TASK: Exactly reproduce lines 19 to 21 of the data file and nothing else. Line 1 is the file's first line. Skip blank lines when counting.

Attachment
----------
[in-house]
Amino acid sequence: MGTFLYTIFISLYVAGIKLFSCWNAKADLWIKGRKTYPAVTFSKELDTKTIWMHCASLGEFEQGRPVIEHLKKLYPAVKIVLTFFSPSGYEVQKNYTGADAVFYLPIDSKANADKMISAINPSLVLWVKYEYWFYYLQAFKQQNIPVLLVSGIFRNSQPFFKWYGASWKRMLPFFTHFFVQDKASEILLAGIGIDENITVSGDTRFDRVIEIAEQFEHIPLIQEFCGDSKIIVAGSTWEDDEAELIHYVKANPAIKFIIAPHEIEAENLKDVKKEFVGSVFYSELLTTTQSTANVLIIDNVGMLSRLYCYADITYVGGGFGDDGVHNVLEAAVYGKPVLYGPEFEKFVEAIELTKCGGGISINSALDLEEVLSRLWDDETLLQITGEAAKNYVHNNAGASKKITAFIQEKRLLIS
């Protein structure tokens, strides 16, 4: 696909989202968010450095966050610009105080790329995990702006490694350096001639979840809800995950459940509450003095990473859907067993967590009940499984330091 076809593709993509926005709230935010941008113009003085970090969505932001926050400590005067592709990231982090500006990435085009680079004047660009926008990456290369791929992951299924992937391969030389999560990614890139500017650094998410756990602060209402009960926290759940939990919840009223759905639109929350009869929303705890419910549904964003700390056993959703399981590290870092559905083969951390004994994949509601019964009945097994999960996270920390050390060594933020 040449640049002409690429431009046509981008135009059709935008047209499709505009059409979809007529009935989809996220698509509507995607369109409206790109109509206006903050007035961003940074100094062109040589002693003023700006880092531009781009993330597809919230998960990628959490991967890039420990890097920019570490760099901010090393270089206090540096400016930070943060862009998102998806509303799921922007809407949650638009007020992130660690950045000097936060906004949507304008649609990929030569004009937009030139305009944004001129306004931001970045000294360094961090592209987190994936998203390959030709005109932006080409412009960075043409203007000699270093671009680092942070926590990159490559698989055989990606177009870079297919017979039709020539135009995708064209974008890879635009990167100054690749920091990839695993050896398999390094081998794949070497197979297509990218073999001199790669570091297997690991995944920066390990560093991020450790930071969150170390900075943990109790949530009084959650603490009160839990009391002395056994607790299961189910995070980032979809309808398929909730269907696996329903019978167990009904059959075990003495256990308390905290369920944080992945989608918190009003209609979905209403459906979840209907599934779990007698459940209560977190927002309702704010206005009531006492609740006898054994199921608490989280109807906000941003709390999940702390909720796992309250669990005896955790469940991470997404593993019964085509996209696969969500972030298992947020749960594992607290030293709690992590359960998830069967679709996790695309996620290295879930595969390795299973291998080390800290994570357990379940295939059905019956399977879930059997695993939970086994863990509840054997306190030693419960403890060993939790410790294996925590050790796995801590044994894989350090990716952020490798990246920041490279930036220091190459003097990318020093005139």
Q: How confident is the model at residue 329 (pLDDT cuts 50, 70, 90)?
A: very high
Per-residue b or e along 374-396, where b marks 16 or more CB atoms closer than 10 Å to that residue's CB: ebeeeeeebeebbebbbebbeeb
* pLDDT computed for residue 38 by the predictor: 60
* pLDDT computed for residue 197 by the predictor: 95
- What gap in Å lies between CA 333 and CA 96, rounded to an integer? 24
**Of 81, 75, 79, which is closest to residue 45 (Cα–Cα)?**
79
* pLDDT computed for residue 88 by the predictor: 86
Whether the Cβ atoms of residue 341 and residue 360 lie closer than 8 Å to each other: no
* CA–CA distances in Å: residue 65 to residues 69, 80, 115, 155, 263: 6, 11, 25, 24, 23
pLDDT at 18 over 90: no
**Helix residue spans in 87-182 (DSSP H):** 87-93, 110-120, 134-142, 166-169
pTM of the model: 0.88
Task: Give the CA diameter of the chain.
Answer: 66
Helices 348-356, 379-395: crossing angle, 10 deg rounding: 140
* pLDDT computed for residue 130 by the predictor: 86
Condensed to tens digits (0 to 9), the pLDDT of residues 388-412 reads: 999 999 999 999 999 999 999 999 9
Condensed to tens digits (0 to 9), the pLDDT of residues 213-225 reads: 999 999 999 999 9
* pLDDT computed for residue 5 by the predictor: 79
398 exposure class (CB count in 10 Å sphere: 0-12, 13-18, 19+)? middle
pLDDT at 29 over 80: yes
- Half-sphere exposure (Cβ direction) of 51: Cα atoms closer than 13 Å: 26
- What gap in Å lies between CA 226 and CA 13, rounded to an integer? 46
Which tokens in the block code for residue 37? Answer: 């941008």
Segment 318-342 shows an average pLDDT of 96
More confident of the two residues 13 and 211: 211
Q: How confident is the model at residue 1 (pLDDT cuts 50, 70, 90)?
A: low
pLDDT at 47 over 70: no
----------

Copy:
Answer: 66
Helices 348-356, 379-395: crossing angle, 10 deg rounding: 140
* pLDDT computed for residue 130 by the predictor: 86